-Brain needs supply of oxygen and blood
-Blood supply to part of brain is cut off - Resulting in damaged tissue
-Blockage occurs in the middle of the cerebral artery


Nature of Brain Damage associated with Neglect

- Neglect is most commonly observed in humans following damage to the right hemisphere (left neglect)
-Left hemisphere damage rarely leads to neglect, therefore only in the right
- Damage in the Posterior parietal cortex (Specifically Inferior parietal lobe)
-Brodman’s areas 39 and 40 (dorsal ‘where’ visual pathway)
-Left parietal damage rarely produces right sided neglect (and quickly recovers)

- Also some cases following sub-cortical damage
-Thalamus, basal ganglia, white matter (most to least involved)
-The right parietal cortex appears to play a dominant role in spatial cognition in humans


Right Hemisphere regions associated with Neglect

-IPL – Ang and Smg


What was Vallar & Perani, 1986 contour map?

-Contour map of lesion location of 8 patients with neglect. Right inferior parietal lobe (IPL)
-Damage to any cortical areas causes neglect


Functions of the Posterior Parietal Cortex (PPC)

- Visuo-motor control of behaviour
-Single cell recording shows these neurons involved in:
-Visually-guided reaching, Eye movements, Head (gaze) shifts


Effects of lesions to PPC in humans

-Mis-reaching (optic ataxia)
-Eye movement problems (fixed gaze)
-Constructional apraxia (difficulty putting things together)
-Simultanagnosia (inability to perceive more than one object at a time)
-Neglect (ignoring the left side of space)


Sensory explanations of Neglect

-Is neglect due to a visual field defect?
-e.g a left hemianopia
-Co-occur after stroke, visual field defects
-Visual field – confrontation
-Damage to visual pathway – visual field defect


Visual field defects

-Unilateral field loss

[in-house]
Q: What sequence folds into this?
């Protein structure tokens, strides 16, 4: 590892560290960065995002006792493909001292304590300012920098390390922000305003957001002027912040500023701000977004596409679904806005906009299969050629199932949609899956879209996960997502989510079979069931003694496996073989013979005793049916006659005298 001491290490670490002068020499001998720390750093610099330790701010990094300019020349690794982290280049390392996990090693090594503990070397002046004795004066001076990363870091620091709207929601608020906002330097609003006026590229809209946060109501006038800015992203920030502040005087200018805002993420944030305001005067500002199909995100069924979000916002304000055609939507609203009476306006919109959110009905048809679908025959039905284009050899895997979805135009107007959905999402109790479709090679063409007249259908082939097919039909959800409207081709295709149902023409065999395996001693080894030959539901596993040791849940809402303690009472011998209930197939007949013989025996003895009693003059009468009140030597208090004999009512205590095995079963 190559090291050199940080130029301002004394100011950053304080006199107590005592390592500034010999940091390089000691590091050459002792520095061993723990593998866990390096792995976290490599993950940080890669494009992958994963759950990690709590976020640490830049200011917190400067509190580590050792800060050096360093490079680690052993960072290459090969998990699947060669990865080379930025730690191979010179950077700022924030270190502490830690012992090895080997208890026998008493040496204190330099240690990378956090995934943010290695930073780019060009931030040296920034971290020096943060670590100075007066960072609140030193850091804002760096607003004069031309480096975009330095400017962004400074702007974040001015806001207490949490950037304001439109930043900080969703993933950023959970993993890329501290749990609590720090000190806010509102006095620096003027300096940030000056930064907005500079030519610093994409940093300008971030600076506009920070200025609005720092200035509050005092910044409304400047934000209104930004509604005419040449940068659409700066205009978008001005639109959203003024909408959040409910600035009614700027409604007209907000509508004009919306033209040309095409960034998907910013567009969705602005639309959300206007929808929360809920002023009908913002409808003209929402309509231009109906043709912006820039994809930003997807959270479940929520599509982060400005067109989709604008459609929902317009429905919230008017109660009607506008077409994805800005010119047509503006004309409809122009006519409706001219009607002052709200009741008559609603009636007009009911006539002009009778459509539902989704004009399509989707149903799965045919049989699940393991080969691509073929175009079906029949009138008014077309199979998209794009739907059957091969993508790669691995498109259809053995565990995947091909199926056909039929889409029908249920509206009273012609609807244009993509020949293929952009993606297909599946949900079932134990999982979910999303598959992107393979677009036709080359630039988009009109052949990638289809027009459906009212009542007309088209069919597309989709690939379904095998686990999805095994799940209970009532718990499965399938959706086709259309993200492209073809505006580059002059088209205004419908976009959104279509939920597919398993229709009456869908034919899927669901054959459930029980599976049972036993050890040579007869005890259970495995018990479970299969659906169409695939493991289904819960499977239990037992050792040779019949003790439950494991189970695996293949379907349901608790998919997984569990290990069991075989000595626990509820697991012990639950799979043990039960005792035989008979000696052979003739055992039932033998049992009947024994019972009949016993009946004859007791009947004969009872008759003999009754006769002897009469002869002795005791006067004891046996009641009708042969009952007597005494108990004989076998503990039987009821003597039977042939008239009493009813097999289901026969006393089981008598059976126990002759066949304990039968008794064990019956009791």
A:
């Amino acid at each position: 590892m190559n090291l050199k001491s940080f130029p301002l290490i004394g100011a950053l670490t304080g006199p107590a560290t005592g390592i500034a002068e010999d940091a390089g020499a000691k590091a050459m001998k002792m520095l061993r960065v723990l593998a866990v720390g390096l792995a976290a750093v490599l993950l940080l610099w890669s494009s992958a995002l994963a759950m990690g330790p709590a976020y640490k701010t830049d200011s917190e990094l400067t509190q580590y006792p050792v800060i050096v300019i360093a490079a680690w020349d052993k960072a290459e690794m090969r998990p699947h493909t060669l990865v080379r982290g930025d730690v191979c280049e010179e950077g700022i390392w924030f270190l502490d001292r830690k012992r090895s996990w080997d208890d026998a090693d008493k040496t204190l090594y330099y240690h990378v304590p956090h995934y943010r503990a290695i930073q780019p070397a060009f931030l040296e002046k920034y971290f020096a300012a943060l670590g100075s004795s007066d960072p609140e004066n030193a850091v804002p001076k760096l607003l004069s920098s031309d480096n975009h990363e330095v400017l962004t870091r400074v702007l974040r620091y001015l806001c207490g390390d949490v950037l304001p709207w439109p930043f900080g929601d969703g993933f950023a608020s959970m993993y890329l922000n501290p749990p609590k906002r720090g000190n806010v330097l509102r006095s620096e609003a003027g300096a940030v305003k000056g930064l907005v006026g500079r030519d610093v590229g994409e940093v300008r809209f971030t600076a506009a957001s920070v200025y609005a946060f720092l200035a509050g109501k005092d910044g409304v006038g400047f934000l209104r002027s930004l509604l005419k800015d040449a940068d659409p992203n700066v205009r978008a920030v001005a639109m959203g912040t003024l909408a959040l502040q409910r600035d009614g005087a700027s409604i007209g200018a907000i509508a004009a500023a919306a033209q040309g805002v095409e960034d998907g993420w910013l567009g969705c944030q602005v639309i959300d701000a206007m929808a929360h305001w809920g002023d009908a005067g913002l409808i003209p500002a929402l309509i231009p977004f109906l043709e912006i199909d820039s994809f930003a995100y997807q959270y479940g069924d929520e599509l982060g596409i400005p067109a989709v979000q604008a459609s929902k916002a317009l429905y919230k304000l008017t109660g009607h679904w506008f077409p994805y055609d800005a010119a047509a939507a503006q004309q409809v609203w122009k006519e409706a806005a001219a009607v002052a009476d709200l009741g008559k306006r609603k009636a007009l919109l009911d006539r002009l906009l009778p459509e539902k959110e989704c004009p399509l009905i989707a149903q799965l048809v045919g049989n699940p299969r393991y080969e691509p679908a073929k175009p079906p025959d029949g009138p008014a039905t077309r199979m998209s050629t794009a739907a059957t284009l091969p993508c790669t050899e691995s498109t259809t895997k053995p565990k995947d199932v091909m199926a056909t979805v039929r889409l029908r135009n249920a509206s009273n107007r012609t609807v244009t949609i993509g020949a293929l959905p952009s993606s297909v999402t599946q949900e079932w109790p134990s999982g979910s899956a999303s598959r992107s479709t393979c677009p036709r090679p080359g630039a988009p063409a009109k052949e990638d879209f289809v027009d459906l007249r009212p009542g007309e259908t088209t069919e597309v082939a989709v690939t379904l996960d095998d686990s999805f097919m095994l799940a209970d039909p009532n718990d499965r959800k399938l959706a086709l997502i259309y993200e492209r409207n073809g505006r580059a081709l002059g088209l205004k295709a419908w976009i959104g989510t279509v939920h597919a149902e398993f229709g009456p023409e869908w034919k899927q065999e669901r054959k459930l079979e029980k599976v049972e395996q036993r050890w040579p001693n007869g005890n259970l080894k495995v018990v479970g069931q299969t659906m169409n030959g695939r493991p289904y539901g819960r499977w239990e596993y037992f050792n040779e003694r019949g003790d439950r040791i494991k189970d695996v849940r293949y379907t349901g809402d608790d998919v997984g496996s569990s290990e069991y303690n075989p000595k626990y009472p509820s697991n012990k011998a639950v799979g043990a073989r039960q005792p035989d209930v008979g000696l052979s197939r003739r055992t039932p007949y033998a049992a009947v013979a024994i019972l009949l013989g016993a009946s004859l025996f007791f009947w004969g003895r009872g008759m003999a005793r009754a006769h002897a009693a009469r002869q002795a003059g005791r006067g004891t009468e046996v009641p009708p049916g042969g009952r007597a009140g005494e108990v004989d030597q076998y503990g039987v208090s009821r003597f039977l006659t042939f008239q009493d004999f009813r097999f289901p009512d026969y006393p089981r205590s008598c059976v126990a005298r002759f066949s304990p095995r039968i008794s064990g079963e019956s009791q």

-Bitemporal hemianopia – patient has damage to midline. Partial blindness on the outer part of visual field
-Homonymous hemianopia – field loss on same side of each eye


Visual field defects do not cause neglect because...

-Neglect has been observed for the left side of a mental image
-Some neglect patients do not have visual field deficits
-Patients can neglect the left side of individual objects presented in their intact right visual field
-Hemianopic patients (with damage to visual pathways and cortex) do not show neglect


What was the ‘Piazza del Duomo’ demonstration?

-Bisiachand Luzzatti (1978)
-Two patients asked to describe a familiar scene (Cathedral Square in Milan) from memory
-Reported landmarks on right not those on left from both imaginary viewing positions
-Patients had a trained long term memory of both sides of the square, however neglected left side when asked to recall


(Bisiachand Luzzatti (1978) - neglect of shapes

- Triangle = direction of (imaginary) view
-Black squares indicate buildings reported
-Could neglect reflect a failure to build a representation of the left side of space?
-Or of directing attention to a representation


Volpe et al. Nature, (1979) Five patients with left extinction shown different objects...

-Presented items in right and left visual field
-Same/different judgments of stimuli
-Stimuli –LVF, RVF or both (150 ms)
Volpe et al., 1979
-Same/Different judgements: 88-100% correct
-Left-side (LVF) naming -0-49% correct
-Depending on the task, there is some sort of visual processing going on


‘Burning House’ study: Marshall & Halligan (1988)

- Single case study:
-Patient P.S. = Left neglect
-Shown a card with a normal and burning house
-Description implied houses were same
-‘Which house would prefer to live in?’
-Repeatedly chose non-burning house
-Two other reports of patients who chose burning house


Are there different systems for word and face recognition?

-Allow for two different cognitive processes or systems to function independently
- Allow inferences about how cognitive system is organised based on dissociations
-Patient X impaired at reading but not at face recognition.
-Assertion is: reading and face recognition involve separate cognitive processes

- But it might be that argued that reading is harder than face recognition and Patient X is impaired on harder recognition tasks
-Patient Y –can read but can’t recognise faces (opposite pattern – double dissociation)
-Separate systems for word recognition and face recognition
-Two different systems for face recognition and word recognition